Use of Brain Images in Neurological Diseases

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Source: Gilman S. N Engl J Med 1998;338:812-819.

In two medical progress articles, gilman usefully describes and discusses the use of brain images in neurological diseases. With the permission of the New England Journal of Medicine and the author, this Table was published from the article. Most of the identified disorders require brain imaging for current standards of immediate care. Those marked by an "x" are optional, and the expense of their performance should be considered carefully against their expected usefulness. Once a diagnostic MRI identifies multiple sclerosis, for example, repeated scans have little value except during commercial drug trials. Similar or greater restraint applies to routine examples of the other optional guidelines. (Dr. Plum is Neurologist-in-Chief, New York Hospital-Cornell Medical Center.)

Table

Preferred Imaging Procedures in Neurologic Diseases

Neurologic Disease Imaging Procedure

Cerebral or cerebellar CT in the first 12-24 hr; MRI after 12-24 ischemic infarctiohr (diffusion-weighted and perfusion-weighted MRI augments the findings, especially in the first 24 hr, and even before 8 hr).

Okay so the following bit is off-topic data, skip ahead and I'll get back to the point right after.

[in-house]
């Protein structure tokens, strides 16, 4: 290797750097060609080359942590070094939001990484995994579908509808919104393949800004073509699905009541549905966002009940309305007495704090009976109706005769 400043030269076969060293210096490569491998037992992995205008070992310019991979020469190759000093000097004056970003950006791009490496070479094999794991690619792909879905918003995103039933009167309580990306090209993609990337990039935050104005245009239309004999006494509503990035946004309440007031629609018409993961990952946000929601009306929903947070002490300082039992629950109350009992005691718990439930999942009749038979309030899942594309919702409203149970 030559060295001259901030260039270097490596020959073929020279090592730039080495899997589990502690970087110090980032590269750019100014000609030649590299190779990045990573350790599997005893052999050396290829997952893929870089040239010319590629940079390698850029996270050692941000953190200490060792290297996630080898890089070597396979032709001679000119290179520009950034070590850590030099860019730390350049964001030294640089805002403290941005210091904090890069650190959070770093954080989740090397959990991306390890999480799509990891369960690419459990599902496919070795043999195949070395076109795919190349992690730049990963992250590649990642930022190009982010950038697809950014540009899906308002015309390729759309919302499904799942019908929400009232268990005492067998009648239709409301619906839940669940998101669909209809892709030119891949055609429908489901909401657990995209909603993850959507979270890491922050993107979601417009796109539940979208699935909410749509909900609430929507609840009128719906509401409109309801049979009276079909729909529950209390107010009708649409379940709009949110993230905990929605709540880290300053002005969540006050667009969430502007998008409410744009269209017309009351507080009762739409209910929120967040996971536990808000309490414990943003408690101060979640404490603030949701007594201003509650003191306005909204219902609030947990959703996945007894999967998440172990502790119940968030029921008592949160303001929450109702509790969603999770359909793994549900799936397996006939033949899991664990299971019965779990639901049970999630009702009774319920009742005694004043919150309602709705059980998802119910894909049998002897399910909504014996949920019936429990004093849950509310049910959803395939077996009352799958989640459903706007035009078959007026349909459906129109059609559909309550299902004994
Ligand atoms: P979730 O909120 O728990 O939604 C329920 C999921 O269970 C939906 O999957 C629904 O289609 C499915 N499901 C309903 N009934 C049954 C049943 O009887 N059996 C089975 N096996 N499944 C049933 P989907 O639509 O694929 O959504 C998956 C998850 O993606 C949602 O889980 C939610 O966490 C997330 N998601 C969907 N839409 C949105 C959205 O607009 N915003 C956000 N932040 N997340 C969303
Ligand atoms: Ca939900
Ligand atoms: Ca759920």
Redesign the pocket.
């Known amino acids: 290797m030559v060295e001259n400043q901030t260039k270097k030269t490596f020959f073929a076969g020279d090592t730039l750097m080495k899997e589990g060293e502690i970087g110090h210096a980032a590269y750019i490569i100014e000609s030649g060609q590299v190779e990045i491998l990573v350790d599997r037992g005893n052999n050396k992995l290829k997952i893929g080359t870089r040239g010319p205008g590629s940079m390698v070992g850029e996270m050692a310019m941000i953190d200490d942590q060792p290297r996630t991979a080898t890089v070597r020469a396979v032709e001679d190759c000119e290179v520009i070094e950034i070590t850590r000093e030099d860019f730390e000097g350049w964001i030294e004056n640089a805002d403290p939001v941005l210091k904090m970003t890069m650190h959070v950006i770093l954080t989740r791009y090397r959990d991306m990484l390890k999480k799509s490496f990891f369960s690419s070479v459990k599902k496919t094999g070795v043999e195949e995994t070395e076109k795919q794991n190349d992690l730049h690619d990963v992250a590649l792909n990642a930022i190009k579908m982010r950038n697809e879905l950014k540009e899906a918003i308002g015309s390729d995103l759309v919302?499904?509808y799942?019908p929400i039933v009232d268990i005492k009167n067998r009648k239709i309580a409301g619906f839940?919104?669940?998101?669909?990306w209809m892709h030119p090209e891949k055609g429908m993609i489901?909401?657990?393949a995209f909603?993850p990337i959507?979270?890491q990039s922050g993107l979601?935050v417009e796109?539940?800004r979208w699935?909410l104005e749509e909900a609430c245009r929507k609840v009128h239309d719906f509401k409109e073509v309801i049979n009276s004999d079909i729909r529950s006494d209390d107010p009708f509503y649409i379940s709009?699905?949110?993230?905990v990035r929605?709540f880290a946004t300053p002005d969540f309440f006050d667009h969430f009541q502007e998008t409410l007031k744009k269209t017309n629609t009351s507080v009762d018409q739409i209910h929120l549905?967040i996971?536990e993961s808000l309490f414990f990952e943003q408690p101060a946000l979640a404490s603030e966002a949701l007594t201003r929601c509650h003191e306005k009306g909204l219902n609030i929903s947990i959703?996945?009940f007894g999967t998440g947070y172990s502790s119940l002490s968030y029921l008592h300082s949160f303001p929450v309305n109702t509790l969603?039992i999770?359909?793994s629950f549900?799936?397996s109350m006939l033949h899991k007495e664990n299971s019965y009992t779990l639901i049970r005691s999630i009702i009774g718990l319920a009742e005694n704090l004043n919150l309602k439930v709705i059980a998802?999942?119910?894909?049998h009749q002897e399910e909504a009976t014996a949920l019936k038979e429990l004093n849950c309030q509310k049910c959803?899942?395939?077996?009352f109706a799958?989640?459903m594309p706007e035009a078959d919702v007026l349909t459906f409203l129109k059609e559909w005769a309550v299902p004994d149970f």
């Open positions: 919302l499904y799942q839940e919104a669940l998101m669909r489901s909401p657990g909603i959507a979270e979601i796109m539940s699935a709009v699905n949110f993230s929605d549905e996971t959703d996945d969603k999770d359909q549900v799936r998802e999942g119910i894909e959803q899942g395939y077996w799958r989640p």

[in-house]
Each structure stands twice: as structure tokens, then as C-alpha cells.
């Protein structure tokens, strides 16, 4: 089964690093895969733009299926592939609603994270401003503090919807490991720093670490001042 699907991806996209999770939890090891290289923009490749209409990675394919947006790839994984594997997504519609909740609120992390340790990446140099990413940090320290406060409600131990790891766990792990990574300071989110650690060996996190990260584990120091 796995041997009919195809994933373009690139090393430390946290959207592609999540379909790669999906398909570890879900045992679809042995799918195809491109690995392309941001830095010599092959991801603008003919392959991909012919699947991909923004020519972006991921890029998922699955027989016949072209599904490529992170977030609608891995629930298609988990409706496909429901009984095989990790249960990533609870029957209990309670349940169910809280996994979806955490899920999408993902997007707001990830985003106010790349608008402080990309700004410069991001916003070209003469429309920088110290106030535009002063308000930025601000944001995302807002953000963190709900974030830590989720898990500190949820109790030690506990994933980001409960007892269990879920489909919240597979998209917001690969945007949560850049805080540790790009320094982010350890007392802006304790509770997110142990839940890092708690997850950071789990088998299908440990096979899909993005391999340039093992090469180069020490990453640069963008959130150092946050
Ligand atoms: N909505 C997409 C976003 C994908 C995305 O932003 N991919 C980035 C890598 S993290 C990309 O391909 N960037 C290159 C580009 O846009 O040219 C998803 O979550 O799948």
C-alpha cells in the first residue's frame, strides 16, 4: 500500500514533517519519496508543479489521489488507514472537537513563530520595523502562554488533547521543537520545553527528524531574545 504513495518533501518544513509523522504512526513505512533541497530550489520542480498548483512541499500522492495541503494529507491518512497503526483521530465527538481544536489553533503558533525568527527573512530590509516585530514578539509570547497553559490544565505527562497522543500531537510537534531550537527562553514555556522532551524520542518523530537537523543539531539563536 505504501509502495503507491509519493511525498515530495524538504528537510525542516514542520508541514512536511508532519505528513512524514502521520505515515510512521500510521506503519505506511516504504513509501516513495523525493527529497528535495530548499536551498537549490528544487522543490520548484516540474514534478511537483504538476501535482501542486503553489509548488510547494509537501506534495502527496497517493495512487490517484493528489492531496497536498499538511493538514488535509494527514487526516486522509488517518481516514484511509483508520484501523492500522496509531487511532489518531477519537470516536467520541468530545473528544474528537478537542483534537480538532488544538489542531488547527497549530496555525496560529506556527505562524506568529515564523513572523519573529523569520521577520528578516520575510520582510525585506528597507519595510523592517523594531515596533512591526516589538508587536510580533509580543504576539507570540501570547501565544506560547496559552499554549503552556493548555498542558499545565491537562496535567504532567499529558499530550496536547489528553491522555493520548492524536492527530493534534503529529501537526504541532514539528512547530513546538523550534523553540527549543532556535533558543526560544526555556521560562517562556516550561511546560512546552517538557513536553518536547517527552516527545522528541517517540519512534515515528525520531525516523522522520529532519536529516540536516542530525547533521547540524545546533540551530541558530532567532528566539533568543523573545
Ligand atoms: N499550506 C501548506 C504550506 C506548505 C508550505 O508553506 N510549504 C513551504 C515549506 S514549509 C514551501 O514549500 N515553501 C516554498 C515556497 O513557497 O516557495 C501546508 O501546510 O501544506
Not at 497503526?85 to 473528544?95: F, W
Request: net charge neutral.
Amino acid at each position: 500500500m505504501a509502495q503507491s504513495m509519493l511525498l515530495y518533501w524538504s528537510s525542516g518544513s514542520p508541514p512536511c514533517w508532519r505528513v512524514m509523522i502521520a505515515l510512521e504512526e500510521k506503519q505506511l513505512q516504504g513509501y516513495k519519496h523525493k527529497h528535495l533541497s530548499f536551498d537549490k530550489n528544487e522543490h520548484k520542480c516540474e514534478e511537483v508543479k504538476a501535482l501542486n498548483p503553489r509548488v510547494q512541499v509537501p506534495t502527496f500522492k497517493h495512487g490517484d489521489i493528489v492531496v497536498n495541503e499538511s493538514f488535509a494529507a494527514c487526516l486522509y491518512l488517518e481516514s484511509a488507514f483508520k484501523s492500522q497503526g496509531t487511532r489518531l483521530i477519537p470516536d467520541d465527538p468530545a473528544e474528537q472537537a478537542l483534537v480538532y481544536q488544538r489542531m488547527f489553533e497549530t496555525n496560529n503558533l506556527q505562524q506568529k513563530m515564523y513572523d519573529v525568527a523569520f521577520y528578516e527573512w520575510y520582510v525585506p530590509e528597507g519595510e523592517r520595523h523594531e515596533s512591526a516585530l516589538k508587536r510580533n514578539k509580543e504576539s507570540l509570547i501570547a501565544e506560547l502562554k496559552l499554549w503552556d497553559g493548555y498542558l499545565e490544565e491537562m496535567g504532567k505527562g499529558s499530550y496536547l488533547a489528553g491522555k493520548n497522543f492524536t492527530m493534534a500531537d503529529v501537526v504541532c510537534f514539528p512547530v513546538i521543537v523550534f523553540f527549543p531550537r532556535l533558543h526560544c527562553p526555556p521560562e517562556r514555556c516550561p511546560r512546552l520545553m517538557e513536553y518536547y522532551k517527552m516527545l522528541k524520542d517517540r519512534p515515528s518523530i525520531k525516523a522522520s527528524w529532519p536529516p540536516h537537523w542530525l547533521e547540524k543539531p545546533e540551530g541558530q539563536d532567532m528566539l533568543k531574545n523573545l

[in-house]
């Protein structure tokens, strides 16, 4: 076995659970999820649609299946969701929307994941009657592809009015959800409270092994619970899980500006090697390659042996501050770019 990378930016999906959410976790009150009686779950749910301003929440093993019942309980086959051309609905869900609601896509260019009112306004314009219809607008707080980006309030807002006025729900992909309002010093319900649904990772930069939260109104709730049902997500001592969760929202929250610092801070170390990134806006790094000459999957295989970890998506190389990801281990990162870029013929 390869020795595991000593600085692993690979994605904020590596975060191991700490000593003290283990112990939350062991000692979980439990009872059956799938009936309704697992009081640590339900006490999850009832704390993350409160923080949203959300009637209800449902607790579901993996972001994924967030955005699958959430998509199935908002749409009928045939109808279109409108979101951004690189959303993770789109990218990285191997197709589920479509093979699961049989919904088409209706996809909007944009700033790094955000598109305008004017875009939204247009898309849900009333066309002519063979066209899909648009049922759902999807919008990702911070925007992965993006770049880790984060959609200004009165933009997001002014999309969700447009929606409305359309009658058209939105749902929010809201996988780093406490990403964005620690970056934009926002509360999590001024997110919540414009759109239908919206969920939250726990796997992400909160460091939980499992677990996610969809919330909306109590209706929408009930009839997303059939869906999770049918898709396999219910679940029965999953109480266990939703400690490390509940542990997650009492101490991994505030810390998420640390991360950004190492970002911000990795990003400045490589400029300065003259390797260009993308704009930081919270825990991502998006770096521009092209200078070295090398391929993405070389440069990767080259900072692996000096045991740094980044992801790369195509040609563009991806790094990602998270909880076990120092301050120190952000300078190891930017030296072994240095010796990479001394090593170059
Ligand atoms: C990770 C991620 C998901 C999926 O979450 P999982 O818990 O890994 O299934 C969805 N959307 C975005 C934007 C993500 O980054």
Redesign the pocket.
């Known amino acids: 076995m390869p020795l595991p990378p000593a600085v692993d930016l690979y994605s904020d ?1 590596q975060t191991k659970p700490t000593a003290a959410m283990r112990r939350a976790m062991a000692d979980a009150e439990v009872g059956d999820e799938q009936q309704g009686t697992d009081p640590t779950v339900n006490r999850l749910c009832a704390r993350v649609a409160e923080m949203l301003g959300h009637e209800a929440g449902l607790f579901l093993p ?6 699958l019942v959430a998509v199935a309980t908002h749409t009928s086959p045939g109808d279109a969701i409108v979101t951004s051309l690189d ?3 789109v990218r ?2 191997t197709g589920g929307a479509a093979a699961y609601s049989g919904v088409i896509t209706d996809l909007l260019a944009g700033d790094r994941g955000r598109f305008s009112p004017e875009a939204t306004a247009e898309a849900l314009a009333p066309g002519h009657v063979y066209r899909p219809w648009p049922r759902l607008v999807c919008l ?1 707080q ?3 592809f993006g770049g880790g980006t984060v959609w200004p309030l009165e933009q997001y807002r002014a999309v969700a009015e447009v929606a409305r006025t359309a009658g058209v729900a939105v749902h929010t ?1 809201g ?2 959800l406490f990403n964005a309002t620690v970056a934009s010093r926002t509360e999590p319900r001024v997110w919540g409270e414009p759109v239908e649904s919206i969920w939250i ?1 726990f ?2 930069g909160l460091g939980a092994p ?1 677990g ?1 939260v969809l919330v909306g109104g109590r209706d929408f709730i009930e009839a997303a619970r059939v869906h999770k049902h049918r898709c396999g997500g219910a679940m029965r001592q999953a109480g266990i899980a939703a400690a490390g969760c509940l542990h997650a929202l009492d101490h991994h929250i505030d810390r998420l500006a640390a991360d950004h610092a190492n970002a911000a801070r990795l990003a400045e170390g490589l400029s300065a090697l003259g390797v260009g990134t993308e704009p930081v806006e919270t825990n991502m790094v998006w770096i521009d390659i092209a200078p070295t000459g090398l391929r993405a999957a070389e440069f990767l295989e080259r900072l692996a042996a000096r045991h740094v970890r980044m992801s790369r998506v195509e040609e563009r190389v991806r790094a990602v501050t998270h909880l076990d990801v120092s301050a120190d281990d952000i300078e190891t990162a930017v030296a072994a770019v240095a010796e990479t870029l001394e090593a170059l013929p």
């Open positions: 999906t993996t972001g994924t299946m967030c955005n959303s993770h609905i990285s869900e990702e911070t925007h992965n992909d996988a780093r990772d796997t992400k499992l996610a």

Cerebral or cerebellar CT in the first 24 hr; MRI after 24 hr; hemorrhage MRI and endovascular angiography for suspected arteriovenous malformation.

Transient ischemic attack MRI to identify lacunar or other small lesions; ultrasound studies of the carotid arteries; MRA.

Arteriovenous malformatioCT for acute hemorrhage; MRI and endovascular angiography as early as possible.

Cerebral aneurysm CT for acute subarachnoid hemorrhage; CT angiography or endovascular angiography to identify aneurysm; TCD to detect vasospasms.

Brain tumor MRI without and with injection of contrast material.

Craniocerebral trauma CT initially; MRI after initial assessment and treatment.

Multiple sclerosis MRI without and with injection of contrast material.

Meningitis or encephalitis CT without and with injection of contrast material initially, MRI after initial assessment and treatment.

Cerebral or cerebellar abscess CT without and with injection of contrast material for initial diagnosis or, if stable, MRI. MRI without and with injection of contrast material subsequently.

Granuloma MRI without and with injection of contrast material.

Dementia MRI; PET; SPECT.

Movement disorders MRI; PET.

Neonatal and development Ultrasound in unstable premature disorders neonates; otherwise MRI.

Epilepsy MRI; PET; SPECT.

Headache CT in patients suspected of having structural disorders.

Adapted with permission from Gilman S. N Engl J Med 1998;338:812-819. Copyright 1998 Massachusetts Medical Society. All rights reserved.